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Feliz Cumpleaños With No Piñata?

Posted By Nadia Soberanis On June 7, 2012 @ 3:46 am In Country Staff | 3 Comments

birthday traditions Piñatas are often associated with Hispanic birthday celebrations. However, some birthday celebrations in Guatemala do not include a piñata.

For example, Zunilito is located on the west coast of Guatemala and is known for its crops. Despite the fertility of the land, however, 83 percent of the population there suffers from food insecurity, which means the people do not always have access to food.

People in this area have to work hard to find job opportunities, but in the midst of everything they give thanks to God for what they have. Birthday celebrations are a great example of that.

In Zunilito, birthday celebrations always include a thanksgiving service. A service where they give thanks to God for the year He has granted the birthday child.

Angelica is the mother of two girls who are are enrolled at the Jesus Salva (Jesus Saves) Student Center in Zunilito.

She tells us,

“We celebrate our children’s birthdays with a thanksgiving service. The service begins with worship time, followed by a sermon from the pastor of our church. Finally, the guests come forward to congratulate the birthday child.”

“After everyone says their best wishes, the pastor prays for the family and the birthday boy or girl.”

These services take place at the home of the family or at their church. They decorate with balloons and crepe paper.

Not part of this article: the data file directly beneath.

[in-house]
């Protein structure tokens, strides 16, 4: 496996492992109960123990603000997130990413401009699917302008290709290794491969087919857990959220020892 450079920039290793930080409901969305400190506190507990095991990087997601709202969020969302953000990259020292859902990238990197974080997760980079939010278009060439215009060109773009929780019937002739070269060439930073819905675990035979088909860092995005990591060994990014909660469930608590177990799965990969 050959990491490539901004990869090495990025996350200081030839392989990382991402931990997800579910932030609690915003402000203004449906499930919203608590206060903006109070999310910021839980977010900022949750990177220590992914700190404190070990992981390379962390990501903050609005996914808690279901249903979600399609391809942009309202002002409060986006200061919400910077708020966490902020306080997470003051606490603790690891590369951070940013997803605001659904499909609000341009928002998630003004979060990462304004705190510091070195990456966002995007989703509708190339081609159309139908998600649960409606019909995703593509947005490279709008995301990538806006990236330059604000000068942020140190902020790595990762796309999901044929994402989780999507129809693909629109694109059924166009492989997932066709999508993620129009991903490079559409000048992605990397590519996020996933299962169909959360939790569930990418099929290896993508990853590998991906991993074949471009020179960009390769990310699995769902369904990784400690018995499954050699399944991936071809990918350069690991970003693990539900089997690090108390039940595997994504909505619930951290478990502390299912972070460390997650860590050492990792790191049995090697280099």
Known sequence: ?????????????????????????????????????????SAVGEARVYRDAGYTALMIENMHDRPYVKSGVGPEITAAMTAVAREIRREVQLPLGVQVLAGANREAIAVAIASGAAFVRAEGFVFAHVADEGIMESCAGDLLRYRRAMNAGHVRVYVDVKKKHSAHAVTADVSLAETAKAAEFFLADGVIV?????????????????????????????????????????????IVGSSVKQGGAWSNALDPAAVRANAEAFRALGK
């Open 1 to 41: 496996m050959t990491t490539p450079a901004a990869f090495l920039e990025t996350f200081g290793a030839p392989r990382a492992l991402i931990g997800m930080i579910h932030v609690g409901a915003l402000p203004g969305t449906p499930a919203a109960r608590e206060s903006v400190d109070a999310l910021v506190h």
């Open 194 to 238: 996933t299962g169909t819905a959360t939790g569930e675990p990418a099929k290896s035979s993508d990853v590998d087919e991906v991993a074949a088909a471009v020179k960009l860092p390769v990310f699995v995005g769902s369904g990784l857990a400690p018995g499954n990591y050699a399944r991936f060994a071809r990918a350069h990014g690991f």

Guatemala has a family-oriented culture, so typically the entire family is invited to a birthday celebration. A small celebration can often become a big one.

In Angelica’s family, she tells us,

“We give tamales and birthday cake to our guests.”

Tamales in Guatemala are made out of maize dough, filled with chicken, and topped with a sauce made of roasted tomatoes, peppers and seeds.

But when asked about the piñata custom, Angelica shyly replies,

“Piñatas are included in the celebration only by those families who have a lot of money. Having a piñata is very expensive.”

Almost 81 percent of the population in Guatemala suffers some degree of food insecurity. People do not have access to food, which means they do not have access to a piñata or a cake for their birthdays.

And, 15 percent of Guatemalans who experience a severe degree of food insecurity sometimes do not even have access to any food on their birthday.

In spite of Guatemala’s cultural customs of celebrating birthdays, most families do not have the means to have a celebration for their children.

Through our ministry, children at the child development centers celebrate their birthdays according to the customs of their region.

Thanks to the Child Sponsorship [3] Program, children get to have a birthday celebration where they receive a birthday gift.

At the Jesus Salva Student Center, birthday celebrations begin with a time of worship. After worship, the center will have fun activities with the children.

The celebration continues with a small Bible lesson. Then the birthday children are called to the front so their classmates and the staff can congratulate them.

Finally all the children at the center sing “happy birthday.”

The staff gives a gift to each child who has a birthday that month.

Gifts usually consist of a new blouse or shirt. Each child gets cake and also party favors.

The cakes are made of vanilla dough with a dulce de leche filling and covered in frosting. They are usually decorated with Disney characters, soccer balls, clowns, or even SpongeBob SquarePants characters.

Party favors include candy, peanuts and a small toy for the children to play with.

For the majority of these children, this monthly birthday celebration is the only celebration and present they will receive for their birthday.

But thanks to you, more than 37,000 children in Guatemala get to celebrate their birthday with cake and a gift.


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